Internet Payments

Secure & Reliable

Your data is encrypted and secure with us.
Godaddyseal image
VeraSafe Security Seal

Lethbridge Herald Newspaper Archives

- Page 37

Join us for 7 days to view your results

Enter your details to get started

or Login

What will you discover?

  • 108,666,265 Obituaries
  • 86,129,063 Archives
  • Birth & Marriages
  • Arrests & legal notices
  • And so much more
Issue Date:
Pages Available: 82

Search All United States newspapers

Research your ancestors and family tree, historical events, famous people and so much more!

Browse U.S. Newspaper Archives

googlemap

Select the state you are looking for from the map or the list below

OCR Text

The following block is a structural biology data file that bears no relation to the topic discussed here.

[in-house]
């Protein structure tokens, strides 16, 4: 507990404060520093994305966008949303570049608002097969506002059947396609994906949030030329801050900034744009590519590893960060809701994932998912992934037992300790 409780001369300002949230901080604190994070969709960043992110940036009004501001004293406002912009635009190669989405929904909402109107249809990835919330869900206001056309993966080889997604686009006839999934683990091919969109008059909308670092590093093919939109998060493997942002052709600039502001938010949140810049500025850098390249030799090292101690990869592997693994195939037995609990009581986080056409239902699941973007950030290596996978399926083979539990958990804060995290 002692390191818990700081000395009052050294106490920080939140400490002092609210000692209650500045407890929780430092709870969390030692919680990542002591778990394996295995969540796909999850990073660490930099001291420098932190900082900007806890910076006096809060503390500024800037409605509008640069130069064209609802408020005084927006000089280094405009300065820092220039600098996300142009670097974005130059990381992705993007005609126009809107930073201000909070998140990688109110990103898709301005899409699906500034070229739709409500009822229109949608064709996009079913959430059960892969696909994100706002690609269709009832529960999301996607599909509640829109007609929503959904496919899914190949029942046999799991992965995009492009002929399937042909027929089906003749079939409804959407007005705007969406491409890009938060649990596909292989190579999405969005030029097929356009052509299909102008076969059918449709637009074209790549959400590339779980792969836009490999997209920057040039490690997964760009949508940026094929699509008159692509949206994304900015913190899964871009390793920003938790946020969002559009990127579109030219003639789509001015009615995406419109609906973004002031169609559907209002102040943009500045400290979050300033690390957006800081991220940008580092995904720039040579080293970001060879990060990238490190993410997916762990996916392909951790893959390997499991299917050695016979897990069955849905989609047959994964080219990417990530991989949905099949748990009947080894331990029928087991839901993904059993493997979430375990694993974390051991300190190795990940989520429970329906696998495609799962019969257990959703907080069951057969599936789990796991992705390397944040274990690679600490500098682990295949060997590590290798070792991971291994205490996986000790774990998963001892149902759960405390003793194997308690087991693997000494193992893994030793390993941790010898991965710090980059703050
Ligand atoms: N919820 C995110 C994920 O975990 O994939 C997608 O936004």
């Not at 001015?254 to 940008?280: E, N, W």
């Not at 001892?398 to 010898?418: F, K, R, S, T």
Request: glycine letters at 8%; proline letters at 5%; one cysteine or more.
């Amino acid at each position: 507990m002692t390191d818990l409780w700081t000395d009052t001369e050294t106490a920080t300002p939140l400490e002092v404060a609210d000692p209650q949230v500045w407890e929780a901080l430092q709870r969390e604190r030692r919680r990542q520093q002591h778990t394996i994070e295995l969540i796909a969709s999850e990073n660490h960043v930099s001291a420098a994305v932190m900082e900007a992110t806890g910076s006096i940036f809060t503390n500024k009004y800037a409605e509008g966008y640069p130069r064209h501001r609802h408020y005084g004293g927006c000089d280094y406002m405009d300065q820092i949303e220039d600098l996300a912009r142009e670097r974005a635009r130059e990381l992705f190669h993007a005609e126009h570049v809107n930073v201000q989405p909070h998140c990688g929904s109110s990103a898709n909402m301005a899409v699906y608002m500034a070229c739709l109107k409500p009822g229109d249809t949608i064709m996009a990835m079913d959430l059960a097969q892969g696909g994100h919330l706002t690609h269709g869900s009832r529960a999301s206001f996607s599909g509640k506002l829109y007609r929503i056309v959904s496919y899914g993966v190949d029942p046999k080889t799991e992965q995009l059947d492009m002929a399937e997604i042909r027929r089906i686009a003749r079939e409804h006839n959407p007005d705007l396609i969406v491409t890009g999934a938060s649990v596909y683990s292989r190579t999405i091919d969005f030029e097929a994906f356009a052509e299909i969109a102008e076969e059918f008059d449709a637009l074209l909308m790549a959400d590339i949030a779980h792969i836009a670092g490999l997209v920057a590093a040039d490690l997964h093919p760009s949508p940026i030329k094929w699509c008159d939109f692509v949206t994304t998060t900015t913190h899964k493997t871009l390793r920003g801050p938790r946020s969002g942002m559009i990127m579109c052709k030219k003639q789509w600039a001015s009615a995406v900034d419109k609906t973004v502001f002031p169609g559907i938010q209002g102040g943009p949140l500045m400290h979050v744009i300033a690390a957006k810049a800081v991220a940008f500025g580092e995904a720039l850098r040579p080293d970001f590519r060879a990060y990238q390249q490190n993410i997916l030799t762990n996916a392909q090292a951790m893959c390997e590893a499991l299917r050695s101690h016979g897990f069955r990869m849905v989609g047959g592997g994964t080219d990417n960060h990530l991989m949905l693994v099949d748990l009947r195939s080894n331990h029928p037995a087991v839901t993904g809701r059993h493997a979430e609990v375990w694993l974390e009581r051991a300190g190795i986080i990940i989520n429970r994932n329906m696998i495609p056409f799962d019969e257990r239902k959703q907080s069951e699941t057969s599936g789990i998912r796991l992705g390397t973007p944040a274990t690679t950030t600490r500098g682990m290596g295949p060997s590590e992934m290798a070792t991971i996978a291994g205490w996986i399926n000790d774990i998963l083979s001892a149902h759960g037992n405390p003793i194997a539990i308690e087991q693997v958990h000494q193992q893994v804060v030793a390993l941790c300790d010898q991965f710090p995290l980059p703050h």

Lethbridge Herald, The (Newspaper) - December 8, 1971, Lethbridge, Alberta Comfy nylon tricot jersey with polyester fiiierfill. lid-up neck, multi-tone em- broidered front panel. Deep Clue, Mauve, Mint; 38 to B. V-neck style with lacp chiflon piping detail. I' nylon tricot jersey witn polyes ter liberlill. Deep Rose, Blue IrlaivB, Mint; ladies' S-M-L Gift'Her'With SULTRY Sizes 4 IB fix io; ire IK tic miss! v.'iiir-rjle acrylic flat kit cardigan with E-buitst front closing. Cliopsc Ivory, Blue, Red or Yel- low. ROYALTY DUSTING POWDER f and COLOGNE iO .1 ALL-PILE POOTL SPtCiiU Sultry, shift-length 2- pcs. peignoir set of per- manently clingless for your- sexy kitten. Glamorous opaque shades j of Mint, Aqua or Pink; sizes S-M-L. Fully wash- able gown and peignoir. FASHiOW CHAIN HOPES Be KIDDIES'TOOL M! KiT WITH CHEST Open Wodnnsdny 9 ci.m. Io 6 p.ni.; Thursday ntul Iric'tiy 9 a.m. Io 9 p.m. Saturday and Monday 9 a.m. to 6 p.m.; Tuesday, Dec. M thru to Dec 53. 9 a.m. to 9 p.m. Trlcpt-.ono 328-8171. Wednesday, Doccmbsr 8, 1971 THE LETHBRIDGE HEPAtD 37 get assistance By THOMAS A. REEDY LONDON (AP) Seven years ago British officials, welfare societies and the po- lice decided something heel io be clone for victims of violent crime. They asked: How about the innocent person, perhaps maimed for life, unable to pel a job again or to walk or even see? Out of the discussions grew a compensation program put to Parliament only as a white paper. This meant the program would be carried out experi- mentally until it could prove its worth. The proof now has been es- tablished, says the home of- fice. Therefore experts arc drafting legislation to put a full-scale legal umbrella over the scheme, the only national program of its kind. For seven years the home office reports claims disposed of, with almost million awarded. The average is about ?940 but some awards have been large. A 28-year-old man beaten by two intruders was given because he was des- tined to spend the rest of his life in a wheel chair. PACKAGE EXPLODES Anna Korhonen, a Finnish girl, was awarded bc- cause of disfigurement, pain and extended hospital treat- ment. She and her escort found a package in a movie and started to deliver it to police. It exploded. Police sus- pected it was dynamite left by a terrorist. Not everyone who Is at- tacked claims compensation. Rev. John Byrne. struck 25 times by an intruder, said in a sermon, "I forgive lliis man." Applications are running about 8.000 a year. The crimi- nal injuries compensation board, made up of legal ex- perts, has 70 employees. All seven board members donate their time. Tiiev han- dle individual c-a-.es with a single decision a; times. If there are double, three men t; ke over. David H. Harrison, secre- tory nf the- board, savs admin- istrative fusis about a ca.se. Police anrl inquiries by wel- fare- acr-'nint for (lie hayic homework. Those who apply and win are o.uvpt in unu- sual vlu'li have at- tracted publicity. SKAIU'H FUR I-'IIUT) The br.vd's is to assess and (1 e c i d r. make sure throueh the police that some- OT.L' colluded, and thr.1 no fraud i'-: involved. Attempts Io d'.'fr; ml are llnr-Yvm fay-. There arc r 0 r'cn-.EHs to ncnp'i.-'j t' c ru'nrit in vio- lent crime innrc than jnrt by trial, convic'.ion arcl prison. Justice Sir Frederick Lawton cf the High C.y.nl su'jeest.s that criminals no to work camps, do Dree months' r.rmy basic (mining, ir.d then be given prcdrrlive jibs if only to clear inciir-tri.il They should be paid the going wage, he says, with mo.-t of fie money going to crime vic'iin.s and to s'ip- port their own families. In free lime, they cculd go home. The Society of Conservative Lawyers pronoses that crimi- nals lie enabled to earn par- dens by working to compen- sate victims. Some cf these ideas may be r.ired when Parliament re- ceives the proposals for legis- lation to make the fion board's work a Icnlly firm (nine. More Ih; n 'i-irrl nr the ap; a1 mimed during their work. IVk-e lead this list, f o 11 o w c d hv barmen, shopkeepers, watchmen and scrurity guards. Of the oTfc-iderf. TO per cent are coavic-irr) nvl p-T r< rt r.rver a: o ti a. 0 i 'I i'C dr-r n'i or not charged for lad; of evidence. million facelifting for famed ocean HONG KONG (Reuter) The old British liner Queen Eliza- beth is getting what is probably the world's most extensive and expensive facelift, costing about million and involving workers. The vessel is anchored in Hong Kong harbor where ship- ping magnats C. Y. Tung and his Island Navigation Co. are converting the 31-year-old for- mer Cunard liner into a floating university and cruise ship. Hundreds of workers arc Icar ing out old wiring, chipping old paint and scraping off the rust of two years acquired when the liner was an unsuccessful tour- ist attraction at Fort Lauder- dale, Fla. Welders are fitting new metal parts, upholsterers are repad- ding chairs, mechanics are. ren- ovating the elevators and engi- neers are repairing the four en- gines. Tlie liner has been renamed K.S Soawisc University, a nun on Tung's initials, r.nd ,-as been registered in Nassau, Bahamas. When the? liner sails next March if will IK' under the col- ors of the courtly, 60-year-old shipping magnate's Orient Overseas line, which already operates 14 passenger ships in- cluding two of KEEP ATMOSI'IIKIU: I "We are trying to keep the 'original says Capt. Christopher Lou, passen- ger services .supervisor for the Far East. "Passengers who want a modem atmosphere can take one of the latest liners. "Our major passenger market is the United Slates, and espe- cially the grandparents who have the time and money for a vacation at sea. We will give them personal treatment mixed with Oriental courlesv." A CAREFREE WEEKEND FOR TWO.., Without dishes to wash, beds to make, meals to prepare. Only S40 at the International, Calgary's newest, tallest, luxury hotel. A full suite for two. With living room, and color TV Two continental breakfasts each.. Gournet table d'hote dinner for two in the International's famous Trio of Restaurants.., Full access to all hotel facilities and services, including free parking and local telephone calls, and use of tho sauna, pool and health Club... ir Friday and Saturday nights, or Saturday and Sunday nights. Treat yourself to a carefree weekend. ;